Rich Mnisi Presents JAMES: An examination of Western names in African and Indigenous cultures.
A name is more than just a moniker; it is a rite of passage that announces your arrival into the world. Whether meaningful or not, names reflect your identity, cultural lineage and religious background. The naming process within African and Indigenous communities carries a significant amount of weight and mystique that embraces meaning and context, regardless of whether those names are personified or literal. The process of naming an unborn child is taken very seriously in African cultures and communities. Embedded in community and spirituality, names in African and Indigenous cultures play a crucial role in how individuals are recognised by their ancestors and communities, which defines the child’s purpose in life.
Though African names are still very much prevalent today, the arrival and adaptation of Western cultures have certainly changed and influenced various social, political, religious and cultural systems in African and Indigenous communities. With this, some African and Indigenous people have adopted Western and Christian names. To many, these Western and Christian names symbolised superiority, and to others, these names were a symbol of change and hope for a better future.
In a country like South Africa, built on decades of racism, oppression, inequality, and segregation, Indigenous communities’ acceptance and adoption of Western names were intended to pass down a new set of dreams, hopes, and acceptance to their children. In doing so, Black parents adopted these names intending to set a new precedent for opportunity.
Reiterating the significance of Western names in Black communities, South African contemporary designer Rich Mnisi has introduced his latest F/W 2022 collection titled JAMES: The First Working Man.
Founded in 2015, Rich Mnisi uses his craft to explore various narratives of his unique Tsonga heritage and culture. His bold designs are inspired by sources outside the realms of fashion and include influences from nature, art, music and film.
Given South Africa’s tragic history with Apartheid, JAMES examines the evolution of naming processes within African and Indigenous cultures and emphasises why Black parents choose English names instead of African names.
Committed to the art of storytelling, JAMES poignantly reminds us how Black parents are willing to do anything and everything to make sure that their children live life with ease, even if that means losing important parts of their cultures, identity and history. Accompanied by a fashion film, JAMES reflects on how the lack of equality and opportunity in Apartheid aided in using English names amongst African communities, leading to a new and positive set of futures for many Black people.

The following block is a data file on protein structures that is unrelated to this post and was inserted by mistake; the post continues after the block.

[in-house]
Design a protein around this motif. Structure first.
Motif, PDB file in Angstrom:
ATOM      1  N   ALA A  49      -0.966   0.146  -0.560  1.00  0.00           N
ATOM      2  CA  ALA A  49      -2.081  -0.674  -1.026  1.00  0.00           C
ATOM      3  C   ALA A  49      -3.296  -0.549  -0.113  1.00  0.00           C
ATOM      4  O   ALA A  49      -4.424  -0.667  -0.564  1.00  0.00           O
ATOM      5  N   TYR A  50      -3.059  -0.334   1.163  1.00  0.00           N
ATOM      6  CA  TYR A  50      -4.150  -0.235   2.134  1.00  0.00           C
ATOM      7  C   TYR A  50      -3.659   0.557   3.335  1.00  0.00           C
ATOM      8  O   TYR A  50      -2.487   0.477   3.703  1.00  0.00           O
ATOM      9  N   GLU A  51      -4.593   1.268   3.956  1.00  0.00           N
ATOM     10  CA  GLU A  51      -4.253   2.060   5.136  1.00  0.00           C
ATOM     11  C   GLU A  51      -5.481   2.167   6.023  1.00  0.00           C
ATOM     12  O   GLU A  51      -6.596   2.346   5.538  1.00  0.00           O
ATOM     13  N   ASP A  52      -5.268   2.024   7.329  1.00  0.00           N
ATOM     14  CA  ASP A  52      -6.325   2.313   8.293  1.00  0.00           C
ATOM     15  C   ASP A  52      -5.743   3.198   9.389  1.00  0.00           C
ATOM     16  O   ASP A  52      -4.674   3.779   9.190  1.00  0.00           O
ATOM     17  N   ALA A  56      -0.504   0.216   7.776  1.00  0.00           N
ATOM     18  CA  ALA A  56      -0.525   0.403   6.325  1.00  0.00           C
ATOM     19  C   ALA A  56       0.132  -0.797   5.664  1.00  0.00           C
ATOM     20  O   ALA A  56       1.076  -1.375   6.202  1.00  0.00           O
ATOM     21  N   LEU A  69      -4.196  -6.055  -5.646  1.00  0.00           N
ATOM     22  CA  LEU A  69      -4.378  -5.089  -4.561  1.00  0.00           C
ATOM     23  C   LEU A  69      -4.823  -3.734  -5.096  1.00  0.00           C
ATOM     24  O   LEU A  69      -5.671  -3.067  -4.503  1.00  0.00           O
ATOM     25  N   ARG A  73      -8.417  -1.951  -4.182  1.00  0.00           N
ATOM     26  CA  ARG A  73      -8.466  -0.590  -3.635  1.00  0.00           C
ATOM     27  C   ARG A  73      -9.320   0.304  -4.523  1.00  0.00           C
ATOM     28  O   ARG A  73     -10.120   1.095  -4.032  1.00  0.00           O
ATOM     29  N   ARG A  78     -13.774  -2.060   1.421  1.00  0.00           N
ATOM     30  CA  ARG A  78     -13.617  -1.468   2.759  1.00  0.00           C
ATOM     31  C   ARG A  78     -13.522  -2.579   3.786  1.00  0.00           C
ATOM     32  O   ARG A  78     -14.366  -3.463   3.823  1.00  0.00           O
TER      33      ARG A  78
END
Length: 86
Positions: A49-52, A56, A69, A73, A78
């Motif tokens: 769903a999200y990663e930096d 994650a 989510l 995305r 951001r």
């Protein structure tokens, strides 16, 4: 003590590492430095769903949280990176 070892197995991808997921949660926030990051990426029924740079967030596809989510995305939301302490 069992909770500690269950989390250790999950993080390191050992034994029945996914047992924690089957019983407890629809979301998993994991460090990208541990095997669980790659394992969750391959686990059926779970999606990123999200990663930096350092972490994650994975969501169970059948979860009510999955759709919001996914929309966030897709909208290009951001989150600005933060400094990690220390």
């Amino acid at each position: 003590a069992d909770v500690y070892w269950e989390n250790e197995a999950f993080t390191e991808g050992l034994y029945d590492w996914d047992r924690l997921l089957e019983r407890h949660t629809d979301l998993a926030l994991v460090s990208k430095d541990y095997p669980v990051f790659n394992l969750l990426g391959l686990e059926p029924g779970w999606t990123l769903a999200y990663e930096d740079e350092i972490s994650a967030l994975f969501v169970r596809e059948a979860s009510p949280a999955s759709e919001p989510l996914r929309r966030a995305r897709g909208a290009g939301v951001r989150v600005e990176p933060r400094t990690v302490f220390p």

“In a time in South Africa’s past when so few options were available to them, Black parents from various backgrounds chose English names that represented a new set of futures. They hoped to pass down, more than their dreams, the opportunity to rise above discrimination and pursue them”, Rich Mnisi says.
Named after Rich’s grandfather, the fashion film merges digital graphics and real-life takes consisting of four capsules that explore the possibilities of life: Precious, Ambition, Desire and Promise. Appearing on a compass, different names meticulously illustrate how our names reflect our cultural identity and destiny.
Precious sees men mining for what may seem like a precious mineral resource, gold.
Ambition highlights the human ability to strive for the best by consistently working hard.
Desire reflects the human urge to want money, power and success.
Promise is the beacon of hope that many Africans possess; hope for a better future and easier life.
With these four capsules, JAMES is made up of Rich Mnisi’s signature silhouettes infused with strikingly bold colours and prints varied with textures of lace, nylon and knitted mohair.
As an interpretation of life, JAMES sets a new tone and allows us to appreciate the efforts of our parents, who do anything and everything in their power to make our lives easier.
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